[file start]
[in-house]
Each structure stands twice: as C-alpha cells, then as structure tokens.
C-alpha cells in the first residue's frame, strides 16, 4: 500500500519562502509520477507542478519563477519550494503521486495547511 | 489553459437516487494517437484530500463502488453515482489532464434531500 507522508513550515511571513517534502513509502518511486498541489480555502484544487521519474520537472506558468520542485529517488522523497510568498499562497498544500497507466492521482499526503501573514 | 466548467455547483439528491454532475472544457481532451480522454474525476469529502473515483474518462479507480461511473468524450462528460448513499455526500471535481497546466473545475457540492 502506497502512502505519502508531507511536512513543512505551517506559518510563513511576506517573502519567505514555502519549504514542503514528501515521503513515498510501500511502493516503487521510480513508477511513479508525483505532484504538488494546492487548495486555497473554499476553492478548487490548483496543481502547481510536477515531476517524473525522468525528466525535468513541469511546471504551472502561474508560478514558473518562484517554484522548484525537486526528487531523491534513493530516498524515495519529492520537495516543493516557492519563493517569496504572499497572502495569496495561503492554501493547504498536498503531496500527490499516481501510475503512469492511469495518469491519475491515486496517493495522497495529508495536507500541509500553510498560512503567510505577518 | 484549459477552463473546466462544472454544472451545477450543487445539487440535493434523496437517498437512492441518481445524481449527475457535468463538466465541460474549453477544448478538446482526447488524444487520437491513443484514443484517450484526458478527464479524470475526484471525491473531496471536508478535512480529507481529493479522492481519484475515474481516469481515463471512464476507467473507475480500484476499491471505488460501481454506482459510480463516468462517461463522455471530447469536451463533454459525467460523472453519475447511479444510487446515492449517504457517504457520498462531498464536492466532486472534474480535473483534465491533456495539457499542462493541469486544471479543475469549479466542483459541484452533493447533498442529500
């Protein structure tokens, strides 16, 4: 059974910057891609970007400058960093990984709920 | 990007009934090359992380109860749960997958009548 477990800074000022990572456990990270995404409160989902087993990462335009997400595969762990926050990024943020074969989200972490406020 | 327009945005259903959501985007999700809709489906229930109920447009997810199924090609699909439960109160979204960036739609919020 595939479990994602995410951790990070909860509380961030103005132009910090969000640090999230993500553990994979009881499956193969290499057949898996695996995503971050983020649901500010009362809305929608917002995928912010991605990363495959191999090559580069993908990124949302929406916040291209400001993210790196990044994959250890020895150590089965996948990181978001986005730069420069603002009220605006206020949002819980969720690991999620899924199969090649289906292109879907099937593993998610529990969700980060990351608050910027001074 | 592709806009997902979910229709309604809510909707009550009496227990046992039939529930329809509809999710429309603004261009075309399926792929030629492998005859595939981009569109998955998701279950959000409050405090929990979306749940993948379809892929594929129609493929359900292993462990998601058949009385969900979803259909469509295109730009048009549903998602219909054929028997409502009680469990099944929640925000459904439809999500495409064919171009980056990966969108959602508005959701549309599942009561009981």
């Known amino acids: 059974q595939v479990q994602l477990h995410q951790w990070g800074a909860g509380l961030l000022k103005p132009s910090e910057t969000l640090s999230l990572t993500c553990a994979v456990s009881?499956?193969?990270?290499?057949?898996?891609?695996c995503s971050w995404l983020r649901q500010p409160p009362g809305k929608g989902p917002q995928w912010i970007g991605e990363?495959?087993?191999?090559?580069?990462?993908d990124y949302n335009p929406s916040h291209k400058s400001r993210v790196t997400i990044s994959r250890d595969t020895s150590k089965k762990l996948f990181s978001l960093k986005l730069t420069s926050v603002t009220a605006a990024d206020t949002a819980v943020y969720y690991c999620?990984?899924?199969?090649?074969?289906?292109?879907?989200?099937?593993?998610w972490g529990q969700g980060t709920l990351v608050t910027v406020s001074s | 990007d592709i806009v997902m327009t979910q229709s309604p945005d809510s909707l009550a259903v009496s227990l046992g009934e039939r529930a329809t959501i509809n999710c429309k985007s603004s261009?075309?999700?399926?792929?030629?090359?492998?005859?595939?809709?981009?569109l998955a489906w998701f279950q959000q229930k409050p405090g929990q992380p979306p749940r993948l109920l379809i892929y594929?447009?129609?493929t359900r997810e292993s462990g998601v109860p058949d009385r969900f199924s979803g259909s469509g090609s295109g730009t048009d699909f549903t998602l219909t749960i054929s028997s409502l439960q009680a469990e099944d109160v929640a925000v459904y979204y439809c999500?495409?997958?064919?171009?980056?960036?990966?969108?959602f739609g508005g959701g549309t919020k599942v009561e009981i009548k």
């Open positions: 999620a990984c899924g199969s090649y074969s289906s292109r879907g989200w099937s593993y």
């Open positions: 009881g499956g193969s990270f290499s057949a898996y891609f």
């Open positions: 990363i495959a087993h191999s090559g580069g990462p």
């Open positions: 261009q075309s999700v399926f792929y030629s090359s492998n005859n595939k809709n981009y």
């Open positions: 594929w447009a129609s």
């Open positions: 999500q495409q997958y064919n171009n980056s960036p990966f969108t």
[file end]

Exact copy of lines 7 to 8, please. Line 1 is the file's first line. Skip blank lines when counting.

């Open positions: 009881g499956g193969s990270f290499s057949a898996y891609f």
């Open positions: 990363i495959a087993h191999s090559g580069g990462p």